Illinois Department of Public Health

Rabid bats found in Cook, Will County homes

Officials say more animals could be found in the coming months


Illinois health officials are warning residents to be cautious after rabid bats were found in homes in Cook and Will counties earlier this month.

According to the Illinois Department of Public Health, the bats were found on approximately May 10, and both tested positive for rabies. Dr. Sameer Vohra, the director of IDPH, said that as summer arrives the possibility of exposure to the virus grows, and Illinois residents need to take preventative steps.

“Illinois residents should stay away from bats and any wild, unfamiliar or stray animal, as well as any animal that appears to be sick,” he said. “Groups of bats can move into people’s homes, and that underscores the importance of knowing the ways to keep them out.”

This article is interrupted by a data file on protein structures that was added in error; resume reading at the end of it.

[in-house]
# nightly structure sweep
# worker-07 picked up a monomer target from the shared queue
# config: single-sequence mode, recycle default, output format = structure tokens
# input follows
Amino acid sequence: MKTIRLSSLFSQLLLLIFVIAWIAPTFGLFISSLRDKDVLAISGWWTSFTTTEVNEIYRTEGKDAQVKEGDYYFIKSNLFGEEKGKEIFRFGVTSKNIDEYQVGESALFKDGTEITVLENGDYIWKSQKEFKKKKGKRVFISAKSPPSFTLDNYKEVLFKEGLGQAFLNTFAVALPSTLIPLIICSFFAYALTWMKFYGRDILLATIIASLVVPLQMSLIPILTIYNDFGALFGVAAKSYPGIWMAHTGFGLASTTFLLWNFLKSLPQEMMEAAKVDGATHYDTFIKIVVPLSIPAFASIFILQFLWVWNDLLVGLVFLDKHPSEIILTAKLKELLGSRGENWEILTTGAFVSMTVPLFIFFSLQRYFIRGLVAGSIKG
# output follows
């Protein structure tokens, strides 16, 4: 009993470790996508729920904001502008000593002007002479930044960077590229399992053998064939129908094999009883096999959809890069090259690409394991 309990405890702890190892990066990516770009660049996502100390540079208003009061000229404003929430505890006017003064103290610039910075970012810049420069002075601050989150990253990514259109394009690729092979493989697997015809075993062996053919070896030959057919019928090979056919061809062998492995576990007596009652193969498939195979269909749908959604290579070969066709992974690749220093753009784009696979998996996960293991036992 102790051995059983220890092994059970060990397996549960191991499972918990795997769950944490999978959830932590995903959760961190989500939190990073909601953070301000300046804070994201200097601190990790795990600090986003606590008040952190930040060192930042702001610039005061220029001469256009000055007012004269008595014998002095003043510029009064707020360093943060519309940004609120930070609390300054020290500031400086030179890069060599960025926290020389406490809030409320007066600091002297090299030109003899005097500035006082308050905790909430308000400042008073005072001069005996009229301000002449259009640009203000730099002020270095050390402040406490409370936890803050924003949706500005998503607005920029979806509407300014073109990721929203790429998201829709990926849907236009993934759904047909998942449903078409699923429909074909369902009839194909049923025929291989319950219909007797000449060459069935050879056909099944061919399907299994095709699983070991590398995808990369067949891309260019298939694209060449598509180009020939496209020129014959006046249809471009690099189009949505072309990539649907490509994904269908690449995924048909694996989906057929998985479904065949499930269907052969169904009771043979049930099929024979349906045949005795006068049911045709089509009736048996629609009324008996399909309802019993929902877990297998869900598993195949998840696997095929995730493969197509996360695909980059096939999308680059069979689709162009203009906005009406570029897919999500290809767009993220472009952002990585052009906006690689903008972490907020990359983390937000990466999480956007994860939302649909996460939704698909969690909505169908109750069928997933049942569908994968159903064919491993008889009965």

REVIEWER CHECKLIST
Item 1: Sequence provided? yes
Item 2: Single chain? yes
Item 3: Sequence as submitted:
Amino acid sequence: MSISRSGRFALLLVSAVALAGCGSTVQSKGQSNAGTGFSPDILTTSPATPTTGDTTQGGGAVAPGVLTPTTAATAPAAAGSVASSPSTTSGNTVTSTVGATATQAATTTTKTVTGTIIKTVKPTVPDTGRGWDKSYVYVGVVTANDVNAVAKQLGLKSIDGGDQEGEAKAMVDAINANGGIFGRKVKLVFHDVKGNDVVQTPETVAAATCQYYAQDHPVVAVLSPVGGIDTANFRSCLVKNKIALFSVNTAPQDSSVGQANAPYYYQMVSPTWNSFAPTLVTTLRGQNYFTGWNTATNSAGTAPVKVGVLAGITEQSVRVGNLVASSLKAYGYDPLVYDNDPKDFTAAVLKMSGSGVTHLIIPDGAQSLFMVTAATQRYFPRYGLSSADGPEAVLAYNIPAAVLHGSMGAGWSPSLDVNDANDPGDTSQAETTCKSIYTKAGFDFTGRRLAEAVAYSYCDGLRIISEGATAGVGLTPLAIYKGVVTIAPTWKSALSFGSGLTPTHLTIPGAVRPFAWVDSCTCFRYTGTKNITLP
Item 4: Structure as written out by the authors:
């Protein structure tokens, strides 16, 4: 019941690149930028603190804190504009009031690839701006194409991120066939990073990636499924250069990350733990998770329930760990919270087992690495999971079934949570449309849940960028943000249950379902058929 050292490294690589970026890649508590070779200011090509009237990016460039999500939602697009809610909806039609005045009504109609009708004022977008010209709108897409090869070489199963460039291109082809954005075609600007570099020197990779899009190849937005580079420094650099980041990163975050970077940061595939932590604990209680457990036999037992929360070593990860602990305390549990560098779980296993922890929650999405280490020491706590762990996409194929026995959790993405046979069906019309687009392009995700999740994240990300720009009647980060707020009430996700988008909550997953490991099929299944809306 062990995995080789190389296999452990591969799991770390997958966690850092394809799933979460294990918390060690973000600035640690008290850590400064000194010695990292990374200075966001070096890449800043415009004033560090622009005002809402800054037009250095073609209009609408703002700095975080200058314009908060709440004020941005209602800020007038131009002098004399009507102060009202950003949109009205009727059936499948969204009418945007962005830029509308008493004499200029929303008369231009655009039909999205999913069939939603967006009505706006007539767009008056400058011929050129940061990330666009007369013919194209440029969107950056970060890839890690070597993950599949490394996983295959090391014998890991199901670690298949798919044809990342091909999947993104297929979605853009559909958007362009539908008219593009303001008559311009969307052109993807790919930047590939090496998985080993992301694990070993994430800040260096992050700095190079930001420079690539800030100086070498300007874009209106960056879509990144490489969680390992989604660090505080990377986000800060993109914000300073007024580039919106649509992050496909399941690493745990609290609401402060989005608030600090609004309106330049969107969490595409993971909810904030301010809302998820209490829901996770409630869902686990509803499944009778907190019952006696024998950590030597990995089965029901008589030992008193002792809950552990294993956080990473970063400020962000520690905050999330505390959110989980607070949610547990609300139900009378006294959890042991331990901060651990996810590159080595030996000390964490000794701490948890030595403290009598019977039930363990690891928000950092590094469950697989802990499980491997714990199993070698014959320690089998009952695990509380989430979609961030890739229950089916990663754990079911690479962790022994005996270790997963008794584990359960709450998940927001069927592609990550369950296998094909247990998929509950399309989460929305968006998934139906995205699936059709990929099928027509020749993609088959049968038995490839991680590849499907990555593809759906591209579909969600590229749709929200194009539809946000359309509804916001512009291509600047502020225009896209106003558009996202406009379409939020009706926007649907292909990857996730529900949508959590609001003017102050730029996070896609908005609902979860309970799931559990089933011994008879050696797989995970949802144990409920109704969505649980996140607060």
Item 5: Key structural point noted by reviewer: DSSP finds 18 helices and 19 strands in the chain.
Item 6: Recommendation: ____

In addition to bats, skunks, raccoons, foxes and coyotes can also carry the virus, according to IDPH.

Prevention is the step residents are advised to take, working to keep animals out of their homes. Ensuring that pets and livestock are vaccinated against the virus is also key, as rabies can spread via bites and scratches, according to the CDC.

If a bat is found inside a home, it is recommended to cover it with a container and to contact animal control so the animal can be tested for rabies.

Changes in an animal’s behavior can be early signs of rabies. A bat that is active during the day, found on the ground or is unable to fly is more likely to be rabid, according to IDPH.

If a person has been bitten or scratched by an animal that is suspected to have rabies, immediate medical attention is required. Medical care following an exposure involves care for the wound site and a dose of human rabies immune globulin, along with a series of four-to-five rabies vaccines.

The protocols are nearly 100% effective if administered in a timely fashion, according to the CDC.

Only 1-to-3 cases of rabies are reported each year in the United States, but once the virus is diagnosed it is considered “universally fatal” by the CDC, according to officials.

More information can be found on the CDC’s website.

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